People in Ohio who are convicted of driving under the influence might face a number of penalties including losing a license. Laws about driving under the influence may vary from country to country and even state to state. In the United States, the blood alcohol legal limit is .08, but in some countries, such as China and Sweden, it is .02. In other countries there are zero-tolerance laws in place.
There are often lower limits for juvenile drivers and commercial drivers. Juvenile drivers will usually face additional charges for underage drinking while commercial drivers might lose their jobs and could even have their commercial licenses permanently revoked.
As long as a driver has not been involved in an accident or there are no other extenuating circumstances, a first-time drunk driving offense is usually treated as a misdemeanor. On subsequent offenses, fines and the possibility of jail time or having to install an interlock ignition device on the car rise. If the driver causes an accident that injures someone or if a person already has several DUI convictions, the charge could be a felony. People convicted of DUI felony charges may be required to pay restitution to the injured person, serve time in jail and lose their licenses for several years.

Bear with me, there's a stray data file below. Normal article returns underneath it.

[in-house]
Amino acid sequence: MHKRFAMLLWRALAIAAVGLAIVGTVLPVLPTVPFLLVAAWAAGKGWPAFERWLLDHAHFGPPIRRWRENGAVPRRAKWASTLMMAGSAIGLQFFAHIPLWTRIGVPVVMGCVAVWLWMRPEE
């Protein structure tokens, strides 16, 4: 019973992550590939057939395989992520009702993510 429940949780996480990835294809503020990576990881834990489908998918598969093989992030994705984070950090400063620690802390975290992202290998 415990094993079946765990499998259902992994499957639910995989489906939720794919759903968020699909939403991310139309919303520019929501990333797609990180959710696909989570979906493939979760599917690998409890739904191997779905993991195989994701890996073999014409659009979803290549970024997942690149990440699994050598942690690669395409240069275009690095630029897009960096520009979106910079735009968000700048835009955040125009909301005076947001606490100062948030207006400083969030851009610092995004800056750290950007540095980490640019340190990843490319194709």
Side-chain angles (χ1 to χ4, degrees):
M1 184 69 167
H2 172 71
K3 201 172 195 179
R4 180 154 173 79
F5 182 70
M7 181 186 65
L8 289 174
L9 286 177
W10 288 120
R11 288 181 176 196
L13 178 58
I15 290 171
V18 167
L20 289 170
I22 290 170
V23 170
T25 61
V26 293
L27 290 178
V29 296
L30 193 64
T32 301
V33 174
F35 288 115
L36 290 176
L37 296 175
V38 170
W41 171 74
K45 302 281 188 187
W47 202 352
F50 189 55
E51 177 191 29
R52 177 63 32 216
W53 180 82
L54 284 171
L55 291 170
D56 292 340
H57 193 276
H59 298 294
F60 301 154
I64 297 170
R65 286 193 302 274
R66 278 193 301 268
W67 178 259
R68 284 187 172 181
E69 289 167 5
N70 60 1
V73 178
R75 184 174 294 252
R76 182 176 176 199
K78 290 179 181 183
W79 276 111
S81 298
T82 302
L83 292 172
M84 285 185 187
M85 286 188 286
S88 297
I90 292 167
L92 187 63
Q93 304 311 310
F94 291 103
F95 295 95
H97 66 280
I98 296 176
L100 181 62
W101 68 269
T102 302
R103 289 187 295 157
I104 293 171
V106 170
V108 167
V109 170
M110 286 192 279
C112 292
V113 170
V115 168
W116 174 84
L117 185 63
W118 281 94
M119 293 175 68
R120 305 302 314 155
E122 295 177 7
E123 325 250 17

Even first-time drunk driving charges can have a serious impact on a person’s life. Losing a license, even for a short time, can make it difficult for a person to get to school or work. Furthermore, in some professions, a DUI could hurt a person’s career. A person who is facing DUI charges might want to talk to an attorney about options. If the person’s rights were not observed during the traffic stop, some evidence could be dismissed. An attorney might also call the accuracy of blood or Breathalyzer tests into question.